FRED TOMASELLI: Current Events
May 1 - June 14, 2014
Press Preview: Thursday, May 1, 10-11:00am
Opening Reception: Thursday, May 1, 6-8:00pm
Gallery Talk and Book Signing: Saturday, May 10, 10am-12:00pm
James Cohan Gallery is pleased to announce an exhibition of new work by Brooklyn-based artist Fred Tomaselli. Current Events opens on May 1 and runs through June 14. This is the artist’s fourth solo exhibition at the gallery. Tomaselli will present 8 new paintings and over 30 works from his ongoing New York Times collage series. On the occasion of Current Events a new publication, Fred Tomaselli: The Times, is to be released by Prestel. The series also will be the subject of a touring exhibition to open at the University of Michigan Art Museum in October 2014 and will travel to the Orange County Museum of Art in February 2015.
For Fred Tomaselli, art has psychotropic properties; it creates a pathway to altering and rearranging our perceptions of reality. Over the course of a career that spans three decades, Tomaselli has transformed his daily life and many obsessions—gardening, birding, fly-fishing, recreational drugs into mind-bending, consciousness-expanding paintings. On Wednesday, March 16th, 2005 a new element from his everyday entered Tomaselli’s practice—The New York Times. He became absorbed by the photo on the front page in which he describes, “Bernie Ebbers, the just convicted WorldCom chairman, was clutching the hand of his wife as he was being expelled from ‘the Eden of Finance’ by the camera-wielding angels of the paparazzi.” Drawing and collaging directly on the photo, Tomaselli created his first “collaboration” with the lead page of The New York Times. The series now consists of 80+ works.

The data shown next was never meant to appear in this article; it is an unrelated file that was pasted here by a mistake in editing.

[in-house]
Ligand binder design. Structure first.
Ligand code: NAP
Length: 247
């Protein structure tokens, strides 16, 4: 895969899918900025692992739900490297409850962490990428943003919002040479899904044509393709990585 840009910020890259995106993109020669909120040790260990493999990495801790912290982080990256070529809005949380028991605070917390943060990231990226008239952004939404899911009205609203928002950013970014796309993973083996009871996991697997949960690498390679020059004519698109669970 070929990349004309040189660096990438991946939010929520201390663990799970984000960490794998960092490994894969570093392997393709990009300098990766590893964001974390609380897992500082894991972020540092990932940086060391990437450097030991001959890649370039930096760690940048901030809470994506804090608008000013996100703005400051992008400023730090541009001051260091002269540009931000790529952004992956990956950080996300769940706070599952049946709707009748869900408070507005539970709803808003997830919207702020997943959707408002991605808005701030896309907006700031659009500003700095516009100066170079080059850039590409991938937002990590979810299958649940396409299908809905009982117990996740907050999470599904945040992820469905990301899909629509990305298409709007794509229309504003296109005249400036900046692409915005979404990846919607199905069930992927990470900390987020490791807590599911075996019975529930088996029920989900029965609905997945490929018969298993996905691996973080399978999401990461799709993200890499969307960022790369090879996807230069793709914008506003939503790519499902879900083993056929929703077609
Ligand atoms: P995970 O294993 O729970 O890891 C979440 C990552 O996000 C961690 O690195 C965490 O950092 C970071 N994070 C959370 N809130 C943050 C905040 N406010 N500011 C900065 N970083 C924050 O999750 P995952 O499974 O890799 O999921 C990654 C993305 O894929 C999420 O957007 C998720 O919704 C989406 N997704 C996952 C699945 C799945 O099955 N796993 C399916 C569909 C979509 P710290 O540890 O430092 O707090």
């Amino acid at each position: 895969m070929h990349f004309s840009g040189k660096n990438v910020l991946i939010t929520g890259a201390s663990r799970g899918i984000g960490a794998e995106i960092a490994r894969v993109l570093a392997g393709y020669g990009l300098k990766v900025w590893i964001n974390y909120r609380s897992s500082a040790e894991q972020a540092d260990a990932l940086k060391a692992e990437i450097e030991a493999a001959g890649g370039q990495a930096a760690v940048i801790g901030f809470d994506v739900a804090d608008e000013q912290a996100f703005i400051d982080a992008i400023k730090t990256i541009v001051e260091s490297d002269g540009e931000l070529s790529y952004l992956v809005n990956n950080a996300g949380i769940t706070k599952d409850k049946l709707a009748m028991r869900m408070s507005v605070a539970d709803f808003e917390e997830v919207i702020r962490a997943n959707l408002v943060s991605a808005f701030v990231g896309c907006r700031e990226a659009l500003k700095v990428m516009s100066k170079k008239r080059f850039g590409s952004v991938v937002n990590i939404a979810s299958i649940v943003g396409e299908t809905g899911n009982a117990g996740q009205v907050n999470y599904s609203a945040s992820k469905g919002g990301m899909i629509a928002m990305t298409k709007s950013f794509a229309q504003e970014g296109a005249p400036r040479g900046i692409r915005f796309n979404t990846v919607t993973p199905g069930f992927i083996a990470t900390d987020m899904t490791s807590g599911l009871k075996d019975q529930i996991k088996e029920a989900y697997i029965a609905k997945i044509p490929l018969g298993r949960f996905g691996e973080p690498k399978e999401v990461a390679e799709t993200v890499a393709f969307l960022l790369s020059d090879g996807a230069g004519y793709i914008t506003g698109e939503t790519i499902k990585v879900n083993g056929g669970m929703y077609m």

More than ever, the works in Current Events are a collision between the personal and the political; the injection of the news of the day is like an existential interruption into a paradisiacal world. Tomaselli sites Miro’s Constellations series made during the war in the 1940’s as a parallel. He explains, “Constellations are resolutely political insofar as these works advocate for a certain kind of humanity at the very moment that that culture was being destroyed, those people were being destroyed. Such the mere fact that he made this body of work at this time was profoundly political.”